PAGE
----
When the government needs money they sell bonds to the Fed. The Fed doesn’t have those trillions of dollars in their vault. They CREATE the money either by liquidating debt (quantitative easing) or fractional reserve lending. They then sell those bonds on the open market and pay bond holders interest at a future date.

    2. @Reason i understand how quantitative easing works and I understand that the debt did expand under Trump, however I think it’s safe to say that Biden has completely “blown off the top”

    3. @Ralph Sims: As I said in a previous post; blaming one party or one president for an economic situation is short sighted. I know most people do it but everyone has their hand in the economy and not just the government either. In a free market, the private sector has more influence over the economy than the government. That doesn’t mean that the government’s monetary and fiscal policy doesn’t have effect, it does. I’m just saying that the factors which effect the economy are very convoluted and complex. It really isn’t as simple as “Biden did this” or “Trump did that”. There’s not even a prevailing consensus on which party is better for the economy amongst economists. You could point to many different things about each that are both positive and negative regarding their impact on any economic situation.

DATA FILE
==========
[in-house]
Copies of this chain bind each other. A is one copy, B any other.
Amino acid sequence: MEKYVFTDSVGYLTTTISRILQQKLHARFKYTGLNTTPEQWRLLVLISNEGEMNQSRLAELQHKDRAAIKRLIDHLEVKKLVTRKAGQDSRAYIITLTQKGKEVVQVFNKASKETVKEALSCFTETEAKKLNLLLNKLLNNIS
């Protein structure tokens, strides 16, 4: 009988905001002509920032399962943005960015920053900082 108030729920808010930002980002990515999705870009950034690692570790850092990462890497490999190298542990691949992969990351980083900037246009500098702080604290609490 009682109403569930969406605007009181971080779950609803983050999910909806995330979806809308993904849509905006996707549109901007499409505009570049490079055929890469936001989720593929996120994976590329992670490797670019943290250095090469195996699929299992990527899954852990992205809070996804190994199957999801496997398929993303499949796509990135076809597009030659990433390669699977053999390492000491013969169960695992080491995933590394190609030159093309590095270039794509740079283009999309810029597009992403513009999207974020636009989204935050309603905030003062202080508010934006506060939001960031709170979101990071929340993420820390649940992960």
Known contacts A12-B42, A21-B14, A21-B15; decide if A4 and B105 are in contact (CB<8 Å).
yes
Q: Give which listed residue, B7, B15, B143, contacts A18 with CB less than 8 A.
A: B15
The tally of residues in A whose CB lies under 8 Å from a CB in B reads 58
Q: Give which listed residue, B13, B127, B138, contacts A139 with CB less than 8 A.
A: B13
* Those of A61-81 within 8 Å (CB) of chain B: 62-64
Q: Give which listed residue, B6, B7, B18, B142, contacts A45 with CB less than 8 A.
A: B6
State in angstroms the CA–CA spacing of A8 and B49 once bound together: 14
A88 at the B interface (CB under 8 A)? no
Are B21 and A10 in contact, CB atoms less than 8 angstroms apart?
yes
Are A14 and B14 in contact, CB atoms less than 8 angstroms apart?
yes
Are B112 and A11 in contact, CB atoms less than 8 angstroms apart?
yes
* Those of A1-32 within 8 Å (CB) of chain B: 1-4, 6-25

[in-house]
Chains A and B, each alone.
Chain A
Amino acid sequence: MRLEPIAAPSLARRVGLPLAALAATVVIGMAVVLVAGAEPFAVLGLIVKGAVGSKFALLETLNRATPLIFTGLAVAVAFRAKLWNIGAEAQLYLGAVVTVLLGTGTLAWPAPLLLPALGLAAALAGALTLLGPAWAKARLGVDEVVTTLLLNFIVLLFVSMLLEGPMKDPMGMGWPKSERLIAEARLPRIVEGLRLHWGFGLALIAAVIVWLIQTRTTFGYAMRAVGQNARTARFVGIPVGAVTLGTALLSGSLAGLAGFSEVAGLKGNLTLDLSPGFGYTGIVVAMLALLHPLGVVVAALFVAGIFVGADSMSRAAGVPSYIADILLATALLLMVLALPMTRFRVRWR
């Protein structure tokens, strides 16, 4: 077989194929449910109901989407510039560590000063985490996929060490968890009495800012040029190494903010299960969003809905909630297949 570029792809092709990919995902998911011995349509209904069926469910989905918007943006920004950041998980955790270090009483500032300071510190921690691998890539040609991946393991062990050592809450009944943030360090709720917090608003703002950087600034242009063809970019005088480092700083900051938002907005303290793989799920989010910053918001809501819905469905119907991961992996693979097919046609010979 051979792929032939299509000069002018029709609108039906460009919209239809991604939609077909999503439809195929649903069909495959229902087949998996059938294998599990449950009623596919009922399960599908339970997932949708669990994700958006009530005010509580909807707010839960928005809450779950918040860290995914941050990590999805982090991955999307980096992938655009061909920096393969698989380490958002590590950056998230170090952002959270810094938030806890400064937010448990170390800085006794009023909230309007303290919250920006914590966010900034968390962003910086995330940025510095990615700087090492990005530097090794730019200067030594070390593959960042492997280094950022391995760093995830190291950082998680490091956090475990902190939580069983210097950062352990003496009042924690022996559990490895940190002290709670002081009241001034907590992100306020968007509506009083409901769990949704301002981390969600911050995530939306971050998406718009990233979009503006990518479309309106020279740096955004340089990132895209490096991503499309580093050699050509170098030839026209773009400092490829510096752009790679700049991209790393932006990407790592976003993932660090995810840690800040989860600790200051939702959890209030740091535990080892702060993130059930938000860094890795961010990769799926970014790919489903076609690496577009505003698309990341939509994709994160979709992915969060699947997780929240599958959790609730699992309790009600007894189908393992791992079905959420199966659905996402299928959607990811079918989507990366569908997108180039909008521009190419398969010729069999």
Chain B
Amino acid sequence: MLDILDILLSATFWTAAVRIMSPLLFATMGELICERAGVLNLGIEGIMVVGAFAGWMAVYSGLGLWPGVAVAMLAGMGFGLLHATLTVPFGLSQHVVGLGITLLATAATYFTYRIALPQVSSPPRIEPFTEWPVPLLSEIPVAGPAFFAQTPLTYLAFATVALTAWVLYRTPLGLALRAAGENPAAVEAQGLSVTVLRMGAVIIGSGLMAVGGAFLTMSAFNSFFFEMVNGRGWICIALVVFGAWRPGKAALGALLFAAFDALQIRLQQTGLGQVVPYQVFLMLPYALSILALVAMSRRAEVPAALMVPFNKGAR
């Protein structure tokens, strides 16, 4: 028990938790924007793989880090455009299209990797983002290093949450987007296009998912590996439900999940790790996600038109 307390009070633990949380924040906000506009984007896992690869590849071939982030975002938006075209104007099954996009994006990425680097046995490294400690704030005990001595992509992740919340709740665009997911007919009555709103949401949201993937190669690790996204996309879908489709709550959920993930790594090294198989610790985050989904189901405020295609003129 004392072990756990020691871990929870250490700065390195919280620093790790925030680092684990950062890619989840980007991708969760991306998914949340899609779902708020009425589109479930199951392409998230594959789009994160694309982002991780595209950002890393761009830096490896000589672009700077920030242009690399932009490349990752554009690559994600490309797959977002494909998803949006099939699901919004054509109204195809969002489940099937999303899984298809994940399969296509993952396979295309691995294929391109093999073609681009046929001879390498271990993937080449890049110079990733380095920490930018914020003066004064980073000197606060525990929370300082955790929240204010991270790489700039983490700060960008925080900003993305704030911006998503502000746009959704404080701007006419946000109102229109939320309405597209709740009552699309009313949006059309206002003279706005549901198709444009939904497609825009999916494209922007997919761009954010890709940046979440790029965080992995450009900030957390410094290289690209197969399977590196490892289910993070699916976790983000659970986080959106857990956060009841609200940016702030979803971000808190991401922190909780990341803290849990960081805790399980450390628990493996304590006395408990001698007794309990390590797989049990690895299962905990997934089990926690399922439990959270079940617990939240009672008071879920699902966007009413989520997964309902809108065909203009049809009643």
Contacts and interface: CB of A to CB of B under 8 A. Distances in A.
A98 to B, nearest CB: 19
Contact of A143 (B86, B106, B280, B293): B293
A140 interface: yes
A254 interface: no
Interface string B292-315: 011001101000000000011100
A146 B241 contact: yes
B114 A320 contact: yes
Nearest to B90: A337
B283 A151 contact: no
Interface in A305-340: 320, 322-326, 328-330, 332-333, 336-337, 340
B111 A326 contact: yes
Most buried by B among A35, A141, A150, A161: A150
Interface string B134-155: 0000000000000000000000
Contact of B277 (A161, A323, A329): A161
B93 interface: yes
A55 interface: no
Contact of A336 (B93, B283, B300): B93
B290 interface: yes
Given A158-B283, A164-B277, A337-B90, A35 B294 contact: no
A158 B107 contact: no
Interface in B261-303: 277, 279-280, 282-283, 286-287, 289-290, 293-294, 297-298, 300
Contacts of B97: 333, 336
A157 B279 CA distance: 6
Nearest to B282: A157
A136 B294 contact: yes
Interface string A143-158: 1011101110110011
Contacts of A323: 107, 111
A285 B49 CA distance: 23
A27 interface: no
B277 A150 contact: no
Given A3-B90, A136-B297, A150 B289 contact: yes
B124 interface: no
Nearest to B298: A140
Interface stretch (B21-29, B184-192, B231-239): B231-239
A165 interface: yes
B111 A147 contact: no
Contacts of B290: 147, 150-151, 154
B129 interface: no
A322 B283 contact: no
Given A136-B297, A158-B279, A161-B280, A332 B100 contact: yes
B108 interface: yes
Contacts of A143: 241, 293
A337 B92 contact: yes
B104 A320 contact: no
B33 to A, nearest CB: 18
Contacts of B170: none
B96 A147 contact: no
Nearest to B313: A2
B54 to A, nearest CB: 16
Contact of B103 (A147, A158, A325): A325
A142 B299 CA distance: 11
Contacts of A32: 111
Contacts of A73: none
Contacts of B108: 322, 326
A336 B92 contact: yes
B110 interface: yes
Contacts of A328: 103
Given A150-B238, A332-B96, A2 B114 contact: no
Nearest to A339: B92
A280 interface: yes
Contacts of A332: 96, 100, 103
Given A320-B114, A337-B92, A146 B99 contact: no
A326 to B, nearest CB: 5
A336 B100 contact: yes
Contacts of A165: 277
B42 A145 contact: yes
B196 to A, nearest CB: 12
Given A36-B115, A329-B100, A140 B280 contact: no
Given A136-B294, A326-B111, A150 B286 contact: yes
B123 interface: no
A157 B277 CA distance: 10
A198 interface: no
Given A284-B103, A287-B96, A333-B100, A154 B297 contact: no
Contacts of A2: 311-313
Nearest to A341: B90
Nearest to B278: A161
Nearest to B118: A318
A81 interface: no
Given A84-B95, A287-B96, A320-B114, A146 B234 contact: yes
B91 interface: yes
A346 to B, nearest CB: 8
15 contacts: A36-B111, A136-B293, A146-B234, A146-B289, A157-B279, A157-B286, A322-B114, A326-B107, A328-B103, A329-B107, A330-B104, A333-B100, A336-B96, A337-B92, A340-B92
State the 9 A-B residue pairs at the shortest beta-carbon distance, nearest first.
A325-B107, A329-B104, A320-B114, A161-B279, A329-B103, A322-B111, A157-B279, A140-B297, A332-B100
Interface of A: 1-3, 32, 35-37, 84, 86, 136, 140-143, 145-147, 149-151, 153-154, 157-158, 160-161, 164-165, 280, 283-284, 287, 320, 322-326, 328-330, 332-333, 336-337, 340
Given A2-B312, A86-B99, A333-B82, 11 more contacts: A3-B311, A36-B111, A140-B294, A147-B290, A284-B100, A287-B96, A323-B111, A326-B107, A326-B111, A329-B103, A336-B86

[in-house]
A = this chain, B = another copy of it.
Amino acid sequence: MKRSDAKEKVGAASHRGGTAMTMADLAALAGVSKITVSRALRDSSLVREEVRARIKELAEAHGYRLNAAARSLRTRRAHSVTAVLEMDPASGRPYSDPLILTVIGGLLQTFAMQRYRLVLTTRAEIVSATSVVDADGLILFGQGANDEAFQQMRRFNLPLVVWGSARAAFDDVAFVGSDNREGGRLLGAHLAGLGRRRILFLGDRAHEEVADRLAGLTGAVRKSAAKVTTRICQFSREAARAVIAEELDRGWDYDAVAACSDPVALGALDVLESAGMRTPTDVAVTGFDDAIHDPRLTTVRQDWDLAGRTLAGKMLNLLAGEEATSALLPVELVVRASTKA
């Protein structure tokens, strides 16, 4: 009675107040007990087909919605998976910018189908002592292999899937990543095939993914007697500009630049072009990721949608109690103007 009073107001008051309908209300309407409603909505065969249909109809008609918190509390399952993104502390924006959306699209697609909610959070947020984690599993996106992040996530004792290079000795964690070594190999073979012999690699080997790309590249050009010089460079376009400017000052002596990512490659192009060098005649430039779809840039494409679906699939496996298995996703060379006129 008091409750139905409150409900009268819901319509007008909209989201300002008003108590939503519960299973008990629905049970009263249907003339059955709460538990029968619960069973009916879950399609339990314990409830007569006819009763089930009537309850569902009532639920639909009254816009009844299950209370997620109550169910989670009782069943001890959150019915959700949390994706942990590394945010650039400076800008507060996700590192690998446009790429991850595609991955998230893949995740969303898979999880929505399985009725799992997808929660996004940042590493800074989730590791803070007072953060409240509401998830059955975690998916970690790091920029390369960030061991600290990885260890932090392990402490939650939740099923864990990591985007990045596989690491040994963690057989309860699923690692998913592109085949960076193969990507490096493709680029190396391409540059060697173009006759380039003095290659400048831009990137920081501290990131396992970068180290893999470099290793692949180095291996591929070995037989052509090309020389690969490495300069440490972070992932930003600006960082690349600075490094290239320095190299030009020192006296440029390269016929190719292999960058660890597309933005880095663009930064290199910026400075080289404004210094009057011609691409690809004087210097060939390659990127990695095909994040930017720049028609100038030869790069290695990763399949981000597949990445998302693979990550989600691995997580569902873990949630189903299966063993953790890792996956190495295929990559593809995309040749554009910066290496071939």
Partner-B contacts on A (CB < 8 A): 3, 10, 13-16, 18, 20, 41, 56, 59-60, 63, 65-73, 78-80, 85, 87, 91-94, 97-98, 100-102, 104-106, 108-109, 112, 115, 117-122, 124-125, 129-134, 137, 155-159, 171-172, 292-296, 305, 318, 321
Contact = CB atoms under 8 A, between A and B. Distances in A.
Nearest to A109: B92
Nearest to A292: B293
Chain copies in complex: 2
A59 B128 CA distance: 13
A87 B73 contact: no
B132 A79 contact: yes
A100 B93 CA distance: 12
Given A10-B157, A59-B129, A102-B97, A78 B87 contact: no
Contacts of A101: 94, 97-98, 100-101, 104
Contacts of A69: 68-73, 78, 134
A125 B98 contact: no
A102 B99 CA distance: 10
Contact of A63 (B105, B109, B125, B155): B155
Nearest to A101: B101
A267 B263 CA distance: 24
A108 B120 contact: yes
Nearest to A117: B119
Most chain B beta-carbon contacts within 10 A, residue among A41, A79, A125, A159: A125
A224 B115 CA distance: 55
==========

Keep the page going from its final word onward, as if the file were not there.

4. @Reason I never claimed that one party’s policy was better than the other. I was merely pointing out that Biden has been a massive exception.

  10. Prices of milk and eggs going up? So yank the money back from the very people who need to survive and give to who??

  11. I remember $4+ for gas not that long ago. Food never comes back down. Too many middle men to pay and they are not going to cut profits. Screw the small farmers. So shop for your food wisely and boycott loudly when necessary.

  12. Here in Texas where beef is king steaks are 17.99 a pound. No thanks I’ll just do without. Gas is still reasonable at 2.39 a gallon.

  13. “For the next few months..”
    “It will work itself out..”
    Hahahahah, right. Keep urinating down our backs and telling us it’s rain.